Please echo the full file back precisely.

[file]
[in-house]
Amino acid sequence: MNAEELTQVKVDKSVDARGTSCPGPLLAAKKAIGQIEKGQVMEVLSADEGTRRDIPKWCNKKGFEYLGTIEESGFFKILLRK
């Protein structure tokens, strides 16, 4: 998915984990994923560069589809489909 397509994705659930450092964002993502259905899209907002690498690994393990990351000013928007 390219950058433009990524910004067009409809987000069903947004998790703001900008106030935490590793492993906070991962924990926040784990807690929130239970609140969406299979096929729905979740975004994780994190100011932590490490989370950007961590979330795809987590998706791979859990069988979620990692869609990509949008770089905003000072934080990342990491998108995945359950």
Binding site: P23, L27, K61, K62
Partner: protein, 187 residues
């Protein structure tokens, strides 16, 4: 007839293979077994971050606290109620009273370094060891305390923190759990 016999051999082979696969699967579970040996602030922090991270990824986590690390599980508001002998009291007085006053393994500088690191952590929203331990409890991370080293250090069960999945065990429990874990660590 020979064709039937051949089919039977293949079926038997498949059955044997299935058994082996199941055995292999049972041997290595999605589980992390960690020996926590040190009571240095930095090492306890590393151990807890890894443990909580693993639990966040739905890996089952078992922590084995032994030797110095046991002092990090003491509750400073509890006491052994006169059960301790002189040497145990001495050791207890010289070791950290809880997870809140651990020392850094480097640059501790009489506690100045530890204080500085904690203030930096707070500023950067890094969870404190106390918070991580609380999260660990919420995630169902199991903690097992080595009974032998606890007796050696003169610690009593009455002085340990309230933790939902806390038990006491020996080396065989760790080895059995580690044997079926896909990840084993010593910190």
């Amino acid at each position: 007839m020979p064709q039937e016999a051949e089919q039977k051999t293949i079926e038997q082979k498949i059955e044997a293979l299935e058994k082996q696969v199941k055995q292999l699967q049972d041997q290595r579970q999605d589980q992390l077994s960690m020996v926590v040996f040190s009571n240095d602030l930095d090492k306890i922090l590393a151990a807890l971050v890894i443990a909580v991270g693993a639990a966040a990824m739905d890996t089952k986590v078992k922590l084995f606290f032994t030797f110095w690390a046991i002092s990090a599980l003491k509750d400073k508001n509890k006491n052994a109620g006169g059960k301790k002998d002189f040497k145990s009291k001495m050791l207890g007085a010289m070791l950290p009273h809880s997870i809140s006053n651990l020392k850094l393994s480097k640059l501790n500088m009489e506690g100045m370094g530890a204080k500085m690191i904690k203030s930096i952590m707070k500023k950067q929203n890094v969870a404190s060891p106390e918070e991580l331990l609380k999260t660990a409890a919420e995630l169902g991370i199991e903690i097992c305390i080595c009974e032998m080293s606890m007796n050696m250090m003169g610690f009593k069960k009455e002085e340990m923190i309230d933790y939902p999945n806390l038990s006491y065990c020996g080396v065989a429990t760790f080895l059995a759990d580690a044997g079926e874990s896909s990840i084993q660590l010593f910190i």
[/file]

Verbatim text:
[in-house]
Amino acid sequence: MNAEELTQVKVDKSVDARGTSCPGPLLAAKKAIGQIEKGQVMEVLSADEGTRRDIPKWCNKKGFEYLGTIEESGFFKILLRK
């Protein structure tokens, strides 16, 4: 998915984990994923560069589809489909 397509994705659930450092964002993502259905899209907002690498690994393990990351000013928007 390219950058433009990524910004067009409809987000069903947004998790703001900008106030935490590793492993906070991962924990926040784990807690929130239970609140969406299979096929729905979740975004994780994190100011932590490490989370950007961590979330795809987590998706791979859990069988979620990692869609990509949008770089905003000072934080990342990491998108995945359950």
Binding site: P23, L27, K61, K62
Partner: protein, 187 residues
């Protein structure tokens, strides 16, 4: 007839293979077994971050606290109620009273370094060891305390923190759990 016999051999082979696969699967579970040996602030922090991270990824986590690390599980508001002998009291007085006053393994500088690191952590929203331990409890991370080293250090069960999945065990429990874990660590 020979064709039937051949089919039977293949079926038997498949059955044997299935058994082996199941055995292999049972041997290595999605589980992390960690020996926590040190009571240095930095090492306890590393151990807890890894443990909580693993639990966040739905890996089952078992922590084995032994030797110095046991002092990090003491509750400073509890006491052994006169059960301790002189040497145990001495050791207890010289070791950290809880997870809140651990020392850094480097640059501790009489506690100045530890204080500085904690203030930096707070500023950067890094969870404190106390918070991580609380999260660990919420995630169902199991903690097992080595009974032998606890007796050696003169610690009593009455002085340990309230933790939902806390038990006491020996080396065989760790080895059995580690044997079926896909990840084993010593910190």
């Amino acid at each position: 007839m020979p064709q039937e016999a051949e089919q039977k051999t293949i079926e038997q082979k498949i059955e044997a293979l299935e058994k082996q696969v199941k055995q292999l699967q049972d041997q290595r579970q999605d589980q992390l077994s960690m020996v926590v040996f040190s009571n240095d602030l930095d090492k306890i922090l590393a151990a807890l971050v890894i443990a909580v991270g693993a639990a966040a990824m739905d890996t089952k986590v078992k922590l084995f606290f032994t030797f110095w690390a046991i002092s990090a599980l003491k509750d400073k508001n509890k006491n052994a109620g006169g059960k301790k002998d002189f040497k145990s009291k001495m050791l207890g007085a010289m070791l950290p009273h809880s997870i809140s006053n651990l020392k850094l393994s480097k640059l501790n500088m009489e506690g100045m370094g530890a204080k500085m690191i904690k203030s930096i952590m707070k500023k950067q929203n890094v969870a404190s060891p106390e918070e991580l331990l609380k999260t660990a409890a919420e995630l169902g991370i199991e903690i097992c305390i080595c009974e032998m080293s606890m007796n050696m250090m003169g610690f009593k069960k009455e002085e340990m923190i309230d933790y939902p999945n806390l038990s006491y065990c020996g080396v065989a429990t760790f080895l059995a759990d580690a044997g079926e874990s896909s990840i084993q660590l010593f910190i």